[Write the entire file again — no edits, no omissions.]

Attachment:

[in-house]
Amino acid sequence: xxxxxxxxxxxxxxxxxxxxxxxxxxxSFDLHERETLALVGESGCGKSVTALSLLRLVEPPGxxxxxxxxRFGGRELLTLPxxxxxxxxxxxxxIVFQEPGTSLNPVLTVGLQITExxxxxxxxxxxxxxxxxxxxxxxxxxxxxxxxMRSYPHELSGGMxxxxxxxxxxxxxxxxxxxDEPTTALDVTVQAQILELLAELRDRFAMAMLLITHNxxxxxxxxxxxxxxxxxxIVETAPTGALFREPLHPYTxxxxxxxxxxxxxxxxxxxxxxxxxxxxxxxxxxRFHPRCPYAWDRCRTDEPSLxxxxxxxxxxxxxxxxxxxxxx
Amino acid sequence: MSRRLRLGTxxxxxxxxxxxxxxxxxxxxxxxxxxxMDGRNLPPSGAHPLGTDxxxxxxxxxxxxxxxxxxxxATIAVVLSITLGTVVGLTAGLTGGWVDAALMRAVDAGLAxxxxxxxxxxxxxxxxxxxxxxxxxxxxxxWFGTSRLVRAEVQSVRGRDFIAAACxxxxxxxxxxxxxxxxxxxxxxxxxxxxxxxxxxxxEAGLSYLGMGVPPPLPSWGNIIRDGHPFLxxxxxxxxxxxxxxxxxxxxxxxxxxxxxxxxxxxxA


[in-house]
Amino acid sequence: xxxxxxxxxxxxxxxxxxxxxxxxxxxSFDLHERETLALVGESGCGKSVTALSLLRLVEPPGxxxxxxxxRFGGRELLTLPxxxxxxxxxxxxxIVFQEPGTSLNPVLTVGLQITExxxxxxxxxxxxxxxxxxxxxxxxxxxxxxxxMRSYPHELSGGMxxxxxxxxxxxxxxxxxxxDEPTTALDVTVQAQILELLAELRDRFAMAMLLITHNxxxxxxxxxxxxxxxxxxIVETAPTGALFREPLHPYTxxxxxxxxxxxxxxxxxxxxxxxxxxxxxxxxxxRFHPRCPYAWDRCRTDEPSLxxxxxxxxxxxxxxxxxxxxxx
Amino acid sequence: MSRRLRLGTxxxxxxxxxxxxxxxxxxxxxxxxxxxMDGRNLPPSGAHPLGTDxxxxxxxxxxxxxxxxxxxxATIAVVLSITLGTVVGLTAGLTGGWVDAALMRAVDAGLAxxxxxxxxxxxxxxxxxxxxxxxxxxxxxxWFGTSRLVRAEVQSVRGRDFIAAACxxxxxxxxxxxxxxxxxxxxxxxxxxxxxxxxxxxxEAGLSYLGMGVPPPLPSWGNIIRDGHPFLxxxxxxxxxxxxxxxxxxxxxxxxxxxxxxxxxxxxA